Guest post for School Library Journal by author Sabrina Fedel
On May 4th, 1970, tragedy struck the campus of Kent State University when National Guard troops opened fire on unarmed student protestors. The Guard fired 67 rounds over thirteen seconds into a crowd of several thousand. M1 bullets struck trees, shattered windshields, and lodged in two separate dormitories where, moments before, students had been crowding windows to watch the protest. Four students lay dead and nine more were seriously injured, one of them paralyzed.
The nation was shocked, but also deeply divided over the Guard’s use of force. President Nixon said that night on television that he was sorry about the dead and injured students, but that “tragedy is invited when dissent turns to violence.” The National Student Association called for a nationwide strike to protest the “appalling use of force,” while news outlets interviewed average citizens who said things like “they should have shot them all.”
Kent, Ohio, was a typical college town in 1970. It had a robust bar reputation thanks to a vibrant music scene. There had been small protests in Kent, but the major clashes were happening at schools like UC Berkeley and Ohio University. No one predicted that the penultimate clash between citizen protestors and the Nixon Administration would occur in sleepy Kent.
On Thursday, April 30, 1970, President Nixon announced that American troops had invaded Cambodia to drive the North Vietnamese out of that country. Young people across the U.S. saw this as a blatant escalation in Vietnam and another broken promise to end the war.
On Friday afternoon, a group of about 500 students gathered near the Victory Bell on the KSU campus. Two graduate students who were Vietnam veterans burned their draft cards and buried a copy of the constitution because, they said, Nixon had killed it.
That night, students gathered downtown for their usual bar hopping. Some stopped cars to ask drivers what they thought of the invasion. A couple of trash can bonfires were lit. The police moved in and shut the bars down, pushing a large, drunk crowd into the street. A small riot ensued as beer bottles were thrown through store windows and at police cruisers. Police drove the crowd back to campus, but Main Street was a disaster.
On Saturday morning, rumors flew as people gathered to clean up downtown. Many residents believed that outside communist agitators, the kind they had been hearing about for months in the news, were waiting to descend on Kent to poison the water and plant bombs. These fears were not totally without foundation. The country had suffered a series of domestic terrorism attacks that leant an air of possibility to these fears. Kent’s mayor wasn’t taking chances. He requested National Guard support from Governor Jim Rhodes.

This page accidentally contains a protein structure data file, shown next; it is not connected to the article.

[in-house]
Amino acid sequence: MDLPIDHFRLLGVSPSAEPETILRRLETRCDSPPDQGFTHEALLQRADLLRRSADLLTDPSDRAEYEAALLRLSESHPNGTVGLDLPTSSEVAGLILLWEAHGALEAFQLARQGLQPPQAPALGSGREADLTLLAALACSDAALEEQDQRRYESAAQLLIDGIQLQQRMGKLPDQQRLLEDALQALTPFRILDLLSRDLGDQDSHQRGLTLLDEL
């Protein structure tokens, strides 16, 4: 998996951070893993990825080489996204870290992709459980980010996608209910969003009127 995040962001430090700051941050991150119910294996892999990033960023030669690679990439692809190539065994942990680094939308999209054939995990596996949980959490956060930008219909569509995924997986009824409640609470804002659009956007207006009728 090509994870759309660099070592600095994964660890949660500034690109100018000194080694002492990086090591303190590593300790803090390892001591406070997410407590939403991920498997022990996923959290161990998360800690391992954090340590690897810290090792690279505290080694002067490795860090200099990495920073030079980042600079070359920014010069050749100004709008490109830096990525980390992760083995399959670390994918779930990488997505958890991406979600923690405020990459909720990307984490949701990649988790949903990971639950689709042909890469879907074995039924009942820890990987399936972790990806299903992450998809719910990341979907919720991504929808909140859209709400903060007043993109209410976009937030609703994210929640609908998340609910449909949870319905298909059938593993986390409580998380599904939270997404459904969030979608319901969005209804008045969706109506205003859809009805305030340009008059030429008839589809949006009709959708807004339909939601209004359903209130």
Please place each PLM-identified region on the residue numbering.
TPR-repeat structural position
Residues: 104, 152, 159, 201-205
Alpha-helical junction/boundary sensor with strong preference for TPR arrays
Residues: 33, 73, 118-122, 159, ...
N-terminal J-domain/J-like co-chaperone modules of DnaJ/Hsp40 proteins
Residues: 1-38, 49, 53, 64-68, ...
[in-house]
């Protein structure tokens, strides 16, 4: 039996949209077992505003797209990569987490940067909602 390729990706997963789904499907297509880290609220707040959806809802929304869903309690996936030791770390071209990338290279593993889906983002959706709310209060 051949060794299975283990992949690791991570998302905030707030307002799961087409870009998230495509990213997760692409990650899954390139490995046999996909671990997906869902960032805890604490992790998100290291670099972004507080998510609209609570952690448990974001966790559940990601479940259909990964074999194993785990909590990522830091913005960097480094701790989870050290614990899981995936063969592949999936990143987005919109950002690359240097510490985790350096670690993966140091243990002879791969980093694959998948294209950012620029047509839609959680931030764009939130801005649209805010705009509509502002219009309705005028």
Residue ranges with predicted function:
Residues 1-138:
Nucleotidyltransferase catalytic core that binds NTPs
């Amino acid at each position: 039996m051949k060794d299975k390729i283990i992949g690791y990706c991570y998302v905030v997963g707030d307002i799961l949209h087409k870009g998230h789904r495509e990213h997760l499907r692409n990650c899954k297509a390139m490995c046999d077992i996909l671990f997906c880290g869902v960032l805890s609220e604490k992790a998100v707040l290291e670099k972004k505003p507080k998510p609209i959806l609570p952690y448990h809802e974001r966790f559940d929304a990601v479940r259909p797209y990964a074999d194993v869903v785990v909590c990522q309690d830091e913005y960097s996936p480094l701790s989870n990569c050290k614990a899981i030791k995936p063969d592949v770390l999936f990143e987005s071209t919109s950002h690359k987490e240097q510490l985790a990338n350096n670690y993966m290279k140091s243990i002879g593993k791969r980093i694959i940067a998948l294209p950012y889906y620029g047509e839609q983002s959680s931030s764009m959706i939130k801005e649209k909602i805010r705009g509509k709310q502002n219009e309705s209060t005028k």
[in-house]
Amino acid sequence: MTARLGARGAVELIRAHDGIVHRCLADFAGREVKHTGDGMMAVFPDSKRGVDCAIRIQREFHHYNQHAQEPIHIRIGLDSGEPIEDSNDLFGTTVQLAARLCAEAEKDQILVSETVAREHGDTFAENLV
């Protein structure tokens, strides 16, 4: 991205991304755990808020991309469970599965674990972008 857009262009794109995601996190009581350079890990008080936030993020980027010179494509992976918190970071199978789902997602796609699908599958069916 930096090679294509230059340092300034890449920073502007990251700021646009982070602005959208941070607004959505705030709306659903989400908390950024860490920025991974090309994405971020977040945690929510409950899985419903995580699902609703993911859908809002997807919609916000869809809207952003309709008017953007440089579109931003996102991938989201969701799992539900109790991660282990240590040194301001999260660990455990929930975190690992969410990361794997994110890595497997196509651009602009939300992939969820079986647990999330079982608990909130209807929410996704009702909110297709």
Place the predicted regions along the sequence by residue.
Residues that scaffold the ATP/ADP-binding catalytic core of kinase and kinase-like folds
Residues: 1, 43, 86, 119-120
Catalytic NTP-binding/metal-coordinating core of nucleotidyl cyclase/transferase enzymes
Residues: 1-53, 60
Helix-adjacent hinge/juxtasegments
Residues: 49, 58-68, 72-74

Governor Rhodes was in a tight senate race with a member of the popular Taft family and eager to establish his reputation as a “law and order” official. By late afternoon, National Guard troops had moved into Kent.
The students were ordered to stay on campus that night. This led to an impromptu protest and the burning of the ROTC building on campus. Bayoneted Guardsmen clashed with students as they struggled to regain order and lock up the dorms for the night.
By Sunday, the campus was calm again. Students mingled in the warm weather checking out the damage to the ROTC building and even taking photo ops with the Guardsmen. But there was growing unrest at the idea of being treated like naughty children. The students wanted the Guard to leave. They wanted the curfew lifted and their rights to move freely restored.
Their anger was becoming as much about authoritarian rule as it was about Vietnam.
On Monday, May 4th, students gathered to protest. The crowd of several hundred quickly swelled as kids walked through the commons on their way to noon classes. Many stopped to watch the guard march around and demand the students disperse. A small number of protesters heckled the guard or threw rocks. Chants of “One, Two, Three, Four, We Don’t Want Your Fucking War,” and “Pigs Off Campus,” echoed over the hillside. The Guard responded with tear gas, but the day was windy and it had little effect. The Guard, apparently in a show of force, marched down the hill to a practice field and became trapped between a fence and the protestors. “We have you surrounded,” they announced and a roar of laughter erupted.
The Guardsmen huddled on the field before walking back up the hill toward Taylor Hall. Many students thought the protest was over and began to head to class. When the Guard reached the top of the hill, however, they turned in one motion and began firing into the crowd. Not a single student was close enough to be a danger to the Guardsmen.
The Vietnam War, with all its ugliness and social injustice, had come home. Despite massive inquiries in the ensuing decade, no definitive evidence has surfaced to explain the Guard’s attack. Several Guardsmen claimed they feared for their lives, but no Guardsman involved has ever been able to explain why they believed that. An FBI investigation found the force used was “unnecessary, unwarranted, and inexcusable.” Slowly, the massacre at Kent became the final straw in America’s tolerance for the war, leaving us with a legacy of questions, but also a clear sense of the unacceptable use of deadly force to counter unarmed civil protest.
Leaving Kent State, was recently released from Harvard Square Editions. Her YA short story, ‘Honor’s Justice’, was nominated for a 2017 Pushcart Prize, as well as a 2016 storySouth Million Writers Award and a Sundress Publications Best of the Net ’16 award. She holds her MFA in Creative Writing from Lesley University. You can find Sabrina at her website, www.sabrinafedel.com, or on twitter (@writeawhile) or Instagram.